or commonsensical.” It is knowledge you learn in degrees, its mastery takes great effort and diligence, and the reward is to be able to
dwell in a realm that the average man does not have access to. Moore argues that:
“All knowledge that takes special training to acquire is the province of the Magician energy. Whether you are an apprentice training
to become a master electrician and unraveling the mysteries of high voltage; or a medical student, grinding away night and day,
studying the secrets of the human body and using available technologies to help your patients; or a would-be stockbroker or a
student of high finance; or a trainee in one of the psychoanalytic schools, you are in exactly the same position as the apprentice
shaman or witch doctor in tribal societies. You are spending large amounts of time, energy, and money in order to be initiated into
rarefied realms of secret power. You are undergoing an ordeal testing your capacities to become a master of this power. And, as is
true in all initiations, there is no guarantee of success.”
As you go about your studies or the day-to-day duties of your profession, you probably don’t feel like you’re acting in a “realm of
secret power.” But take a step back and consider it—whether it’s how to set a bone or repair a carburetor, you probably can do
things that to others are completely obscure and shrouded in mystery.
A Master of Technology
A few months ago I bought an iPad. I love it. The first time I swiped across its screen, I felt like I was using some sort of magic gazing
mirror that granted me access to an infinite amount of knowledge right at my fingertips. One minute I can be reading a biography of
Winston Churchill and the next I can be watching a free video lecture about Churchill on YouTube. The iPad, along with other tablet
devices, are great examples of science fiction writer Arthur C. Clarke’s third rule: “any sufficiently advanced technology is
indistinguishable from magic.”
And indeed, the Magician is a  “master of technology.” When men learn the secret knowledge of how the world works, and use that
knowledge to harness its laws, energies, and forces in order to manipulate them into practical tools and systems, they’re accessing
Magician energy. Inventors, scientists, and just simple tinkerers are examples of “masters of technology. It’s funny how we often
imbue our most famous inventors and creators with almost supernatural qualities. Newspapers dubbed Thomas Edison “The Wizard
of Menlo Park,” legends sprouted up about Nikola Tesla and his power over electricity, and recent obituaries about Steve Jobs would
often refer to his creations as almost magical.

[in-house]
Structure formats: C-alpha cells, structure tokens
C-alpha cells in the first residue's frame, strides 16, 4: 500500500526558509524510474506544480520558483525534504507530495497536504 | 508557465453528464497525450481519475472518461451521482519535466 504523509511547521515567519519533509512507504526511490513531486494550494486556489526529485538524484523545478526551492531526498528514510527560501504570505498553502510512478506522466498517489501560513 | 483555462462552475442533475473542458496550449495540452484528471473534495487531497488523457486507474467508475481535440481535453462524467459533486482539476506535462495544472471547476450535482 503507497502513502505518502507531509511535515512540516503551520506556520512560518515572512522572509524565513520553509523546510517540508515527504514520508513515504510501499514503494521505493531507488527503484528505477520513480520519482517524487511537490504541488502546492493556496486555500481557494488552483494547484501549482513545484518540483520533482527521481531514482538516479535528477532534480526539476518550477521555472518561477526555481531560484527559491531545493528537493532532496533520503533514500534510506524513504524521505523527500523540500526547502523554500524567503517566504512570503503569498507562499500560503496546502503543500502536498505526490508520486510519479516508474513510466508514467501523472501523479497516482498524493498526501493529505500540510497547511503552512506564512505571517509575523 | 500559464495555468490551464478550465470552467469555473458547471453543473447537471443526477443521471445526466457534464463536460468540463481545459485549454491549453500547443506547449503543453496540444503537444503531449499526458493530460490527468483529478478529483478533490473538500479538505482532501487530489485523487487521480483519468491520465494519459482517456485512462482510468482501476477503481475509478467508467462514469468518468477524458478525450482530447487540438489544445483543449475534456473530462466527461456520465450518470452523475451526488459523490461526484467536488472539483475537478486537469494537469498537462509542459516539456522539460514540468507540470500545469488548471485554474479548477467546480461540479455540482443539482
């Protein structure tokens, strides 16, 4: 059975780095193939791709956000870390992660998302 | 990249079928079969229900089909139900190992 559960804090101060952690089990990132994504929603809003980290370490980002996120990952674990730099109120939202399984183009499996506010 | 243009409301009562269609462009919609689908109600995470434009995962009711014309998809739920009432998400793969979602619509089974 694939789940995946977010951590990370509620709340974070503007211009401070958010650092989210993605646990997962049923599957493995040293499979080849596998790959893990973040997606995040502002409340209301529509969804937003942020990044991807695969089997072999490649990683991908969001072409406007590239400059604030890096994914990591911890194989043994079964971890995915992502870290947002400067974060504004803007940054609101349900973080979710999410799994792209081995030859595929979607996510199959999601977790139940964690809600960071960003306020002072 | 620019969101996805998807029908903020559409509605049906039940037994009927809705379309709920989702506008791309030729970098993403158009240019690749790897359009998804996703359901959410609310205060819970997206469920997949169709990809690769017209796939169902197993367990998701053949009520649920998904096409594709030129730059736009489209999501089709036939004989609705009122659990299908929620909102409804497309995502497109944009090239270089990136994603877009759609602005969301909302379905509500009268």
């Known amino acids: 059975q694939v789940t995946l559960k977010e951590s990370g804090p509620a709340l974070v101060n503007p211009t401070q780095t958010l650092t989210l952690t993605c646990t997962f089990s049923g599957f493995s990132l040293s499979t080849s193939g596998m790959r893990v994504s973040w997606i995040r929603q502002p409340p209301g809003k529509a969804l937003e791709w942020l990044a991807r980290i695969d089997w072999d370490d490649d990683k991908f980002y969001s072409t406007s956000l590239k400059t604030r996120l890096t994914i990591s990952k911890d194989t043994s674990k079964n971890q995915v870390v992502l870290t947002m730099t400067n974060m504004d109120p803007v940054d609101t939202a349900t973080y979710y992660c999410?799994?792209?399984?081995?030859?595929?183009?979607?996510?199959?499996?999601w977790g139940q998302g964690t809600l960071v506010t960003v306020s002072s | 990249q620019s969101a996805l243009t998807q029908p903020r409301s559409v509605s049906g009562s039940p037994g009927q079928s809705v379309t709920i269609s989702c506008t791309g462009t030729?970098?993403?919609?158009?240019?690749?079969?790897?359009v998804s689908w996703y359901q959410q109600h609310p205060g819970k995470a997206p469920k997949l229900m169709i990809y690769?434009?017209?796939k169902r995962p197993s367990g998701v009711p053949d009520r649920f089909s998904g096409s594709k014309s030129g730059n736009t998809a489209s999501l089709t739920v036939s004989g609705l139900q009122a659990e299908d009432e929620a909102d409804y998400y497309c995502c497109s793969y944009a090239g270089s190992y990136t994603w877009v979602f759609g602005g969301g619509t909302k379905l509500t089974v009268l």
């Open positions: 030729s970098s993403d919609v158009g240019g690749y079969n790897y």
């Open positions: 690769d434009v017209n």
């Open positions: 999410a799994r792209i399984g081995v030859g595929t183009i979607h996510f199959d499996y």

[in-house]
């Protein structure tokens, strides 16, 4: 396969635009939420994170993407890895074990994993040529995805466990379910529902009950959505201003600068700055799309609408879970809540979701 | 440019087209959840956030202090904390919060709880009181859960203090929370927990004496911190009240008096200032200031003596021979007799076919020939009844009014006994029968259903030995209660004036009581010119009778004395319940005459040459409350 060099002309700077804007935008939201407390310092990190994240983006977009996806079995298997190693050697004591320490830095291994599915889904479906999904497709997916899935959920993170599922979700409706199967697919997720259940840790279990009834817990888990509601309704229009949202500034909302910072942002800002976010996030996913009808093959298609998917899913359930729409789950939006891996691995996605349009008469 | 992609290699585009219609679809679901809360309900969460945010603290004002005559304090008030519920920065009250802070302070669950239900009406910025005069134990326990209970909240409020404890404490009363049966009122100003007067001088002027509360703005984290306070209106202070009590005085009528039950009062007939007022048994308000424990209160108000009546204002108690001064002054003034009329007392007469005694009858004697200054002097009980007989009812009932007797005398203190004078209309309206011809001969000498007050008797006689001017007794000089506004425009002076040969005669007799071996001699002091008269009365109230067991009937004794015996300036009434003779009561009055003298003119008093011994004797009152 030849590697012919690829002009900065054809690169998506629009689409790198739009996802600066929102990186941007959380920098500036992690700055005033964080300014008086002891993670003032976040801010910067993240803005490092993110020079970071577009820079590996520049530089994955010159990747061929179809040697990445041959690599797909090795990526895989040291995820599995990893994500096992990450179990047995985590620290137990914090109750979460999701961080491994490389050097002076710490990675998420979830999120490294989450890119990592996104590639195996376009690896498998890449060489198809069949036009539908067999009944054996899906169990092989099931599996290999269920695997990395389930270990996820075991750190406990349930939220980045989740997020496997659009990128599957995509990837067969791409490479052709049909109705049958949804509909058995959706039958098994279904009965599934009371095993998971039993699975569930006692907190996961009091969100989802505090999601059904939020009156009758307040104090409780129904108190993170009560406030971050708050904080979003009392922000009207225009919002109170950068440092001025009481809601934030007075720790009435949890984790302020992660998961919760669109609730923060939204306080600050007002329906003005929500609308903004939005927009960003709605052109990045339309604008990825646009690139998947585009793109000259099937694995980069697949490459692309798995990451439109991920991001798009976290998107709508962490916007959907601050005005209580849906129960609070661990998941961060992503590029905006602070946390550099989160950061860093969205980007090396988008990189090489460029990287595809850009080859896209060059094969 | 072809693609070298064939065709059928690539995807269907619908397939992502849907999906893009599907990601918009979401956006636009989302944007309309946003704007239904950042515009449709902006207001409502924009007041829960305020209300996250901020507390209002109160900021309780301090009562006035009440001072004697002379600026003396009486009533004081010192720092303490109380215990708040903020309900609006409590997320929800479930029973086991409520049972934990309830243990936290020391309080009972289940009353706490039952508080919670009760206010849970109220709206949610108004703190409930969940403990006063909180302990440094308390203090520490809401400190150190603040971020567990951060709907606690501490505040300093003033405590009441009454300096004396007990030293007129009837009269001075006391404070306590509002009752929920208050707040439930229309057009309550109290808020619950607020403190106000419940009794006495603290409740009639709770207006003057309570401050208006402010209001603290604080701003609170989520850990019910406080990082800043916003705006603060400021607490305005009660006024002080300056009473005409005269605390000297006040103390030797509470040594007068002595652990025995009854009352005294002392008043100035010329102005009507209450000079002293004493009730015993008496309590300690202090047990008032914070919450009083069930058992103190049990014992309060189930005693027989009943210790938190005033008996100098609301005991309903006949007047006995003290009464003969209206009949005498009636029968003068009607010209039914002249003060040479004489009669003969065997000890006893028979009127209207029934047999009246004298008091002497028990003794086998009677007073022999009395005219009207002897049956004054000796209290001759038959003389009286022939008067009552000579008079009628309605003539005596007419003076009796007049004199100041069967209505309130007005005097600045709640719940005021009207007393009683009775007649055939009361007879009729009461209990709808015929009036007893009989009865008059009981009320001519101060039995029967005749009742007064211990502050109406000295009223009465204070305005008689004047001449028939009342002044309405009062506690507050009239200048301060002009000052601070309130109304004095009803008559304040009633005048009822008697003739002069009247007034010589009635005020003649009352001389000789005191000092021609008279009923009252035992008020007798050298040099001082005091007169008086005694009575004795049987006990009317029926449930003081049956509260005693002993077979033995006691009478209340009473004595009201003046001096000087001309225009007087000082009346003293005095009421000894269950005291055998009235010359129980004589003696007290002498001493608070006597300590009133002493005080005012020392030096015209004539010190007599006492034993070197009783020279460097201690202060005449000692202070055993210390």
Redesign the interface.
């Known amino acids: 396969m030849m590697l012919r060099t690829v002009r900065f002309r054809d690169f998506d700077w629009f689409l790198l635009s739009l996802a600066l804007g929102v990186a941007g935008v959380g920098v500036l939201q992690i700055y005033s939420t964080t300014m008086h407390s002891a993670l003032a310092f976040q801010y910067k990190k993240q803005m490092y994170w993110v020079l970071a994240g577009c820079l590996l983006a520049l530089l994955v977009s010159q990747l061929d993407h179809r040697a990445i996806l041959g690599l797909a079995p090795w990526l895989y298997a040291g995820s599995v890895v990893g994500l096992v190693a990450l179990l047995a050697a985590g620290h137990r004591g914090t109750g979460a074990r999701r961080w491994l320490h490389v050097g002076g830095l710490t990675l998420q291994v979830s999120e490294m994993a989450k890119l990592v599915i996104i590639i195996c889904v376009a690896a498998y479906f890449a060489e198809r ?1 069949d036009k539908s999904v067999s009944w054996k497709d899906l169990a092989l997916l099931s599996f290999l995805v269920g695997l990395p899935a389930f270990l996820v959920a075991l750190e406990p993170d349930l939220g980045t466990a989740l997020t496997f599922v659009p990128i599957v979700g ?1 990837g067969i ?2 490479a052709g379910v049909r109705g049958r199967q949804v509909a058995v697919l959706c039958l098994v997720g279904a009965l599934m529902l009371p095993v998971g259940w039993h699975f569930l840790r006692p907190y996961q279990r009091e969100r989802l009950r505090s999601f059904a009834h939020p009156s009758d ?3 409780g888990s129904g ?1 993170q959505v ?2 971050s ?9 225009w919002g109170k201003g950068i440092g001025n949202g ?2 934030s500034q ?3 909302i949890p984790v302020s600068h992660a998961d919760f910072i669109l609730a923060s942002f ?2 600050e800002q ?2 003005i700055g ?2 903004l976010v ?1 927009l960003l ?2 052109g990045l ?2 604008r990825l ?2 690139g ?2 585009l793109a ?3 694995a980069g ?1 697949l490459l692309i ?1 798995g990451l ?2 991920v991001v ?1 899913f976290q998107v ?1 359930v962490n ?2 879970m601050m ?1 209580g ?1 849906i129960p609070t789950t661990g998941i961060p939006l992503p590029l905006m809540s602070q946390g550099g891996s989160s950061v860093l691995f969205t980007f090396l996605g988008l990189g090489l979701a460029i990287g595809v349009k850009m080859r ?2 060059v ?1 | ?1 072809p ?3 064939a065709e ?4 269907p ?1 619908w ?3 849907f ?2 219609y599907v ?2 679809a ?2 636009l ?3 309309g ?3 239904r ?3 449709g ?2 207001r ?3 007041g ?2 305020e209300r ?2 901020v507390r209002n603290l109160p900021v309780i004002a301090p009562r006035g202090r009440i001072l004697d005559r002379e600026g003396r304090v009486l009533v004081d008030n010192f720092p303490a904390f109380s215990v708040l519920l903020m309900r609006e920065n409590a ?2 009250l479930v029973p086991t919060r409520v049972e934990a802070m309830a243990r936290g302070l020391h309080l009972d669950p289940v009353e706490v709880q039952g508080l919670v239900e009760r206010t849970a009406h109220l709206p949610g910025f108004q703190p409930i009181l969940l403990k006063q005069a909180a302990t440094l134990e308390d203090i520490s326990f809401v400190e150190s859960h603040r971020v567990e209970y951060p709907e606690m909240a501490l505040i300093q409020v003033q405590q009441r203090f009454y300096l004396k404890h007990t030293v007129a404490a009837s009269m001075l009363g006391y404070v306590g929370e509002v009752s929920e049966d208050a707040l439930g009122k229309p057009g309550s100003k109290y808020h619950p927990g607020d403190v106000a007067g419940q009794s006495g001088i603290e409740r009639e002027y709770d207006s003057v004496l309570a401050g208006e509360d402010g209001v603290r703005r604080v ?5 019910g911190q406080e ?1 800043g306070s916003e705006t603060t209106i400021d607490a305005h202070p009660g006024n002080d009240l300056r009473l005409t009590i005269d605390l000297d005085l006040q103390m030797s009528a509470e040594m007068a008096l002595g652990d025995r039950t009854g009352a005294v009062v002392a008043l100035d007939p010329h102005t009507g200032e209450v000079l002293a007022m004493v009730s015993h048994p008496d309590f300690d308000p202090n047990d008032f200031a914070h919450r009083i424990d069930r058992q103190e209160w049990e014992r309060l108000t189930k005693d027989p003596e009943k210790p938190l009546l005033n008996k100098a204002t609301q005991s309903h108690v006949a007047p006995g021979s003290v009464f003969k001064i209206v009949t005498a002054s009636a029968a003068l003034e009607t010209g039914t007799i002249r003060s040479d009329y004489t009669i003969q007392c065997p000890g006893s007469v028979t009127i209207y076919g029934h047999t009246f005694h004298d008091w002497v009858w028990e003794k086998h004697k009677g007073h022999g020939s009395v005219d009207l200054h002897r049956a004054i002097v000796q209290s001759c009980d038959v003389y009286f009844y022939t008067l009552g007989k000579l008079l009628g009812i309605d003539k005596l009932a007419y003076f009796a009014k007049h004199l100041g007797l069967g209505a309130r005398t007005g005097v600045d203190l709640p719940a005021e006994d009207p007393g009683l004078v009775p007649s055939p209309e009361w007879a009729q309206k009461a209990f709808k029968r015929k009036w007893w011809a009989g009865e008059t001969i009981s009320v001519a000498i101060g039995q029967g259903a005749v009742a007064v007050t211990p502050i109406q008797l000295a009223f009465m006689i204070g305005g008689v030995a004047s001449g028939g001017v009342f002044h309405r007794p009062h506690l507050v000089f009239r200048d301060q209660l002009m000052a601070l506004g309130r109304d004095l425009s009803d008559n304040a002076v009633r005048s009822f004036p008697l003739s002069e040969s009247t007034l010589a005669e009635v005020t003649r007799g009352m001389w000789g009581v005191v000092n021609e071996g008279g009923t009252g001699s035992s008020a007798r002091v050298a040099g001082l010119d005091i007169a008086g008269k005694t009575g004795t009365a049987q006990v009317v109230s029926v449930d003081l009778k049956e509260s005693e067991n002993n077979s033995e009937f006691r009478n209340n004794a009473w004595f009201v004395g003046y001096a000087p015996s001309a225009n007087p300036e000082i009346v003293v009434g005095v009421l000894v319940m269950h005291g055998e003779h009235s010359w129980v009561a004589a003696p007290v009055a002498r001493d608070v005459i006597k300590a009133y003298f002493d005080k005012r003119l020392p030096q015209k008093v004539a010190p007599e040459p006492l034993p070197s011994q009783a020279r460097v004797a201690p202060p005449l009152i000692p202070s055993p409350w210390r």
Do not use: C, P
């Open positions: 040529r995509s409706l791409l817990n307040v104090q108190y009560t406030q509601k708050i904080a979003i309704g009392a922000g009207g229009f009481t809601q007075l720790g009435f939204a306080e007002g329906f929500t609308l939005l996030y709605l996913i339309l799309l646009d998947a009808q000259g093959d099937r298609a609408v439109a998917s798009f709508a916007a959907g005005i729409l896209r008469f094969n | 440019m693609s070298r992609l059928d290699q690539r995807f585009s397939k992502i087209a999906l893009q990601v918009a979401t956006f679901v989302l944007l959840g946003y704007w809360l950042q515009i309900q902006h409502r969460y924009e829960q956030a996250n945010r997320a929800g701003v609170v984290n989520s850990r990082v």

Becoming a master of technology doesn’t require that we invent a device like the iPad. Instead, we simply need to create. There’s a
concept in the Western esoteric tradition of Hermeticism that the goal of man should be to live the principle of: “as above, so
below.” It’s sort of similar to Christ’s admonition in the Lord’s prayer to “make on earth as it is in heaven.”
Several interpretations exist as to the meaning of “as above, so below,” but the interpretation that I like is that it means making our
amorphous thoughts, imaginations, and dreams a reality. In order to accomplish this, we must use all the knowledge and tools at our
disposal. In short, we must become masters of technology.
The Warrior is the archetype of action. But he gets his marching orders from the Magician. This is the energy that powers healthy
introspection. When you’re facing a tough decision, your deliberations on which course to take are powered by the Magician. His
power comes from thoughtful reflection and meditation; the Magician is like an excellent chess player; the more he experiences and
studies, the more he is able to see life like a chess board, envision all the possible moves, and predict with good accuracy where those
moves will lead. This ability also generates a man’s hunches and gut feelings and the spontaneous decisions he makes in a time of
In today’s society, information has been greatly democratized, and people expect everything there is to be known to be available to
every person. If you tell someone that certain knowledge is sacred, secret, or just too advanced for them to understand, they’re
typically deeply offended and automatically assume that you’re up to something suspicious. But great teachers throughout history
understood that knowledge and truth must be taught “precept upon precept; line upon line, line upon line; here a little, and there a
little.”  Effective learning must be done in degrees–each advancement is earned by the mastery of the previous step. Each concept
builds on the other, until a person has acquired perfect knowledge.